-But for all that, we still need a criteria for what is therapeutic and what isn’t since without this no doctor would do one thing rather than its opposite. If avoiding death is no longer such a criteria, we are left only with personal choice, i.e. if I want X and medicine gives me X, then the medicine is effective. But there has to be more to it than this, since persons can be mistaken about what they want, or otherwise incapable of seeing it.

-But if one can be mistaken about whether he should die, he can be mistaken about whether he should live. But we believe we can deal with those in the first group by sedation, restraints, committing the person to a mental hospital, suicide watches, etc. If life and death are two possible therapies, then our power to administer one against the will of another argues for our ability to forcibly administer the other.

-If death were therapy, the presumption would be that the decision to use the therapy could be made by parents for minors, by spouses for an incapacitated partner, by the state for its wards, or by any caregiver for someone ruled incapacitated.

-All this is after the conceptual problems with death therapy, which seems like a straightforward contradictio in adjecto. 

Constructive features of world

Love your neighbor as yourself. But our love of ourselves involves a bias or perspective: given that we can explain almost any action in relation to someone’s character or in relation to his circumstances, that is, we can see any action either either as a sign of who someone is or as a fluke/ accident arising from other causes, we tend to explain our good actions in relation to our character and our bad actions in relation to our circumstances. Christ asks that we extend this bias/perspective to others. The tradition followed him:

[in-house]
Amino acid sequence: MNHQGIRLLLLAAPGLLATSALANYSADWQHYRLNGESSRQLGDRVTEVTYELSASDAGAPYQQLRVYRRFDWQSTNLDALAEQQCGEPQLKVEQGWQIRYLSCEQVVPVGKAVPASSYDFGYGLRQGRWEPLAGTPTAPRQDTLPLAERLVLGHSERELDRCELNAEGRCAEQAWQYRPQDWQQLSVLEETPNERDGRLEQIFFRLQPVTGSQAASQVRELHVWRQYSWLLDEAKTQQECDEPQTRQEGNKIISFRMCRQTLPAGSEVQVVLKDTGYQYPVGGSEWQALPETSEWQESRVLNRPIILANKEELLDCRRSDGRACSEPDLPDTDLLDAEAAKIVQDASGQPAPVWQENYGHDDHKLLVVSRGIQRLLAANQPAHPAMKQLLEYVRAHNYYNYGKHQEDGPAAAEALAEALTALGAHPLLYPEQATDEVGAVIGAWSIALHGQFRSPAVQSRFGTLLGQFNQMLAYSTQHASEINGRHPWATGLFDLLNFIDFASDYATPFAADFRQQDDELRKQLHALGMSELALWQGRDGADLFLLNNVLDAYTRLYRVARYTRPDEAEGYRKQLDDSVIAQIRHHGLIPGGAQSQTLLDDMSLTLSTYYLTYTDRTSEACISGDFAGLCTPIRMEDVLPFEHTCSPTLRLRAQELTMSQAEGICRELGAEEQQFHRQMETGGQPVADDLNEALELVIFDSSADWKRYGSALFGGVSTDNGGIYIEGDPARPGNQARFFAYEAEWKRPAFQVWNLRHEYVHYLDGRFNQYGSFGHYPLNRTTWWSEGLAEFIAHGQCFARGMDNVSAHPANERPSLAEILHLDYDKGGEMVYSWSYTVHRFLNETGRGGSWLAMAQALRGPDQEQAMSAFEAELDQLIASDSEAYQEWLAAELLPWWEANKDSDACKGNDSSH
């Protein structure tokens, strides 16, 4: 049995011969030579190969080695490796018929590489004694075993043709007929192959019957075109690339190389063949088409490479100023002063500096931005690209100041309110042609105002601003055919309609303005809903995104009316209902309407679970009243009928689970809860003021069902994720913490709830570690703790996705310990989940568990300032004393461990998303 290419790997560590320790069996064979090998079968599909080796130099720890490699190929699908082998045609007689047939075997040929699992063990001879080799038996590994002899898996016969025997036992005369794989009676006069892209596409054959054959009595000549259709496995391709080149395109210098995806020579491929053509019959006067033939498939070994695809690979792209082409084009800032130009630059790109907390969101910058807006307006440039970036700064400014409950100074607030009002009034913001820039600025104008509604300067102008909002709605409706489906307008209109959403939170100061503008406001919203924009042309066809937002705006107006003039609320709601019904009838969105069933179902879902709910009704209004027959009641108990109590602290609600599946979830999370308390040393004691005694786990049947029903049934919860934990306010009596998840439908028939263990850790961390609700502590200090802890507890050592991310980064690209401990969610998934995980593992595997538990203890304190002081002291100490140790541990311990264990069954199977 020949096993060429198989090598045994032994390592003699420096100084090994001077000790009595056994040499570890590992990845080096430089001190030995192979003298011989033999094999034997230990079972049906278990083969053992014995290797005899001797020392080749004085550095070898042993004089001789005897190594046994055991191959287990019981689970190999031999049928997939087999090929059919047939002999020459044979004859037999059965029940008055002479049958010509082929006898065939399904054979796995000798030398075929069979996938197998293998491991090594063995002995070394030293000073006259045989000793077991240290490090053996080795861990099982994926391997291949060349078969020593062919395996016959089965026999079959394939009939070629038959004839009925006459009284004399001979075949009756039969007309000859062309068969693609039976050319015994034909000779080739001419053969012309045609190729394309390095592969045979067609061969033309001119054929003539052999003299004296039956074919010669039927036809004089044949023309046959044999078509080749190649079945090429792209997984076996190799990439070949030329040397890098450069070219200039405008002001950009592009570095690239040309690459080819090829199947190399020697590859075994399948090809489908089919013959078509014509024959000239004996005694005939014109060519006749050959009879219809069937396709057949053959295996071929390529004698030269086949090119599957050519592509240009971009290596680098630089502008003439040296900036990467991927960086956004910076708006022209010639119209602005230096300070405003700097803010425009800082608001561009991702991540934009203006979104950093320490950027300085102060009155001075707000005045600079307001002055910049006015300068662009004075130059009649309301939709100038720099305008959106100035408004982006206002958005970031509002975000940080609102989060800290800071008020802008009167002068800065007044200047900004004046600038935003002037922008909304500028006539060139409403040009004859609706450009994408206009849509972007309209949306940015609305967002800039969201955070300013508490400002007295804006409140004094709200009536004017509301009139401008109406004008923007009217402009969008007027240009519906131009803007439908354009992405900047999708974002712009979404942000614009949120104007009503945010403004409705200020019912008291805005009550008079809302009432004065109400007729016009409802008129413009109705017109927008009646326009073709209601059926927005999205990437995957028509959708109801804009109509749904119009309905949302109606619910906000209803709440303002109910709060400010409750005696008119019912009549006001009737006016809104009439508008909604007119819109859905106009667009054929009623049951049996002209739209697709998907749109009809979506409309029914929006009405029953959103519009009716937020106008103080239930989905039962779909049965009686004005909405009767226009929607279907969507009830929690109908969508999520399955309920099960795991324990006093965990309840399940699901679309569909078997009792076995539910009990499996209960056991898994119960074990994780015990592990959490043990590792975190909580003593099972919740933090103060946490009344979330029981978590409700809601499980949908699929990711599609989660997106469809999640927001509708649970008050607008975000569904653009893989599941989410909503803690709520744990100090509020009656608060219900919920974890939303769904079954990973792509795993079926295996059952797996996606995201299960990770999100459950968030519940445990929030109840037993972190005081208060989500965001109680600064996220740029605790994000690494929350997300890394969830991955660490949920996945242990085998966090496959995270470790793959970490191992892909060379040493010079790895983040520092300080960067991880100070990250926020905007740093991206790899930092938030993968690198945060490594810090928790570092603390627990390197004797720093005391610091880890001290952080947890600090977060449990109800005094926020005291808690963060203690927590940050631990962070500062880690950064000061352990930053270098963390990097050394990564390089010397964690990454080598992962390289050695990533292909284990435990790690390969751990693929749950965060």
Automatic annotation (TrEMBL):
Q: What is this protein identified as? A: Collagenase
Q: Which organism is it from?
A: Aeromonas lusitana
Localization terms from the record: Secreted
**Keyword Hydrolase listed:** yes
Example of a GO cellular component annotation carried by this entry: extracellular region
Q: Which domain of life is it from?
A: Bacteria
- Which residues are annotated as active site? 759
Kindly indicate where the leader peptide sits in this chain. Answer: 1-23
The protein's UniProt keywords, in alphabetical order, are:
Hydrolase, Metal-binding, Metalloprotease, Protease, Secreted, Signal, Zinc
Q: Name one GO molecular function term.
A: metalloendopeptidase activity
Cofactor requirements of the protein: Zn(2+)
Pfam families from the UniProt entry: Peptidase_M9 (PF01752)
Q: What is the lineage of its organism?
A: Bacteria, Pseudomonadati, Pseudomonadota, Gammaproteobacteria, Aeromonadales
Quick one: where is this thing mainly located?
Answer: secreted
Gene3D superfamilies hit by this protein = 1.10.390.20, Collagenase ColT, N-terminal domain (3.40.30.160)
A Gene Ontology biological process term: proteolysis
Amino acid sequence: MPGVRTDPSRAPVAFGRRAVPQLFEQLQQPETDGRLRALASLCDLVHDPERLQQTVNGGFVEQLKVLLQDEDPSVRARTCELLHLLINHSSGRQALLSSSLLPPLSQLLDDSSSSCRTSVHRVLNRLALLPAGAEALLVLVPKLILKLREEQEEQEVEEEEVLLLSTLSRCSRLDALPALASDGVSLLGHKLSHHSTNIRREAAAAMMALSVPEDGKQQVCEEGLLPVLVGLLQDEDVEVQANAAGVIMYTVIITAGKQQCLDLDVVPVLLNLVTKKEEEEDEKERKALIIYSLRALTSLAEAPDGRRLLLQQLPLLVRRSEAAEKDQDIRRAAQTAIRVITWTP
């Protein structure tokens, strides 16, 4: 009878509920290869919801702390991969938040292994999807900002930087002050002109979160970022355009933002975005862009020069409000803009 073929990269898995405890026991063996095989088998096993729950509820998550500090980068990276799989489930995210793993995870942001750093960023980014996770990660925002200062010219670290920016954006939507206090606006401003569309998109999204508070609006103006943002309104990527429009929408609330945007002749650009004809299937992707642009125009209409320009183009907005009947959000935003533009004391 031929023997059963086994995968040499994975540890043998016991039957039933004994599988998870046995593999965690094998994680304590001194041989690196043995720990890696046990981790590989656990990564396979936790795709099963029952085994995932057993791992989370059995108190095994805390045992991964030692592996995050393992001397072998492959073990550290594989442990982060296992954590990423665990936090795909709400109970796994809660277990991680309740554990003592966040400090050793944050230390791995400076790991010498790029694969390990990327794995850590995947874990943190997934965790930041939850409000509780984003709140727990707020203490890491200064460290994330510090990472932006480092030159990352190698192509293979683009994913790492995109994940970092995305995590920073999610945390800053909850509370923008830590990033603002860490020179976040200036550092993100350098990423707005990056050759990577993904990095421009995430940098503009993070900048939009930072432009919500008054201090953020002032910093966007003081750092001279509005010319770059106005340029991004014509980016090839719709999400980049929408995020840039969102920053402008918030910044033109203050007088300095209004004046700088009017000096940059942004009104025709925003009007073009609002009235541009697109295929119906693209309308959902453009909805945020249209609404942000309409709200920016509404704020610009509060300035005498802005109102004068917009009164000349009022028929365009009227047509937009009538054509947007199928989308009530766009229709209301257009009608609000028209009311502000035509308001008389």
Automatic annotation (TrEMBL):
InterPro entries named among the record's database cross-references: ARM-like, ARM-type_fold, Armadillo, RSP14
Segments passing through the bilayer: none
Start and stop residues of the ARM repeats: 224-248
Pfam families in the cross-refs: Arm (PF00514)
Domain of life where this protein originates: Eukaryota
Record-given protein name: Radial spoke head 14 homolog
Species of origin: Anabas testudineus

You know well enough how to excuse and to color your own deeds, but you will not accept the excuses of others. It would be more just to accuse yourself and excuse your brother.

Imitation III. 2.

St. Thomas gives an ontological foundation for this:

[W]hen we judge of men, the good and evil in our judgment is considered chiefly on the part of the person about whom judgment is being formed; for he is deemed worthy of honor from the very fact that he is judged to be good, and deserving of contempt if he is judged to be evil. For this reason we ought, in this kind of judgment, to aim at judging a man good, unless there is evident proof of the contrary.

ST. 2-2. 60.4.ad 2.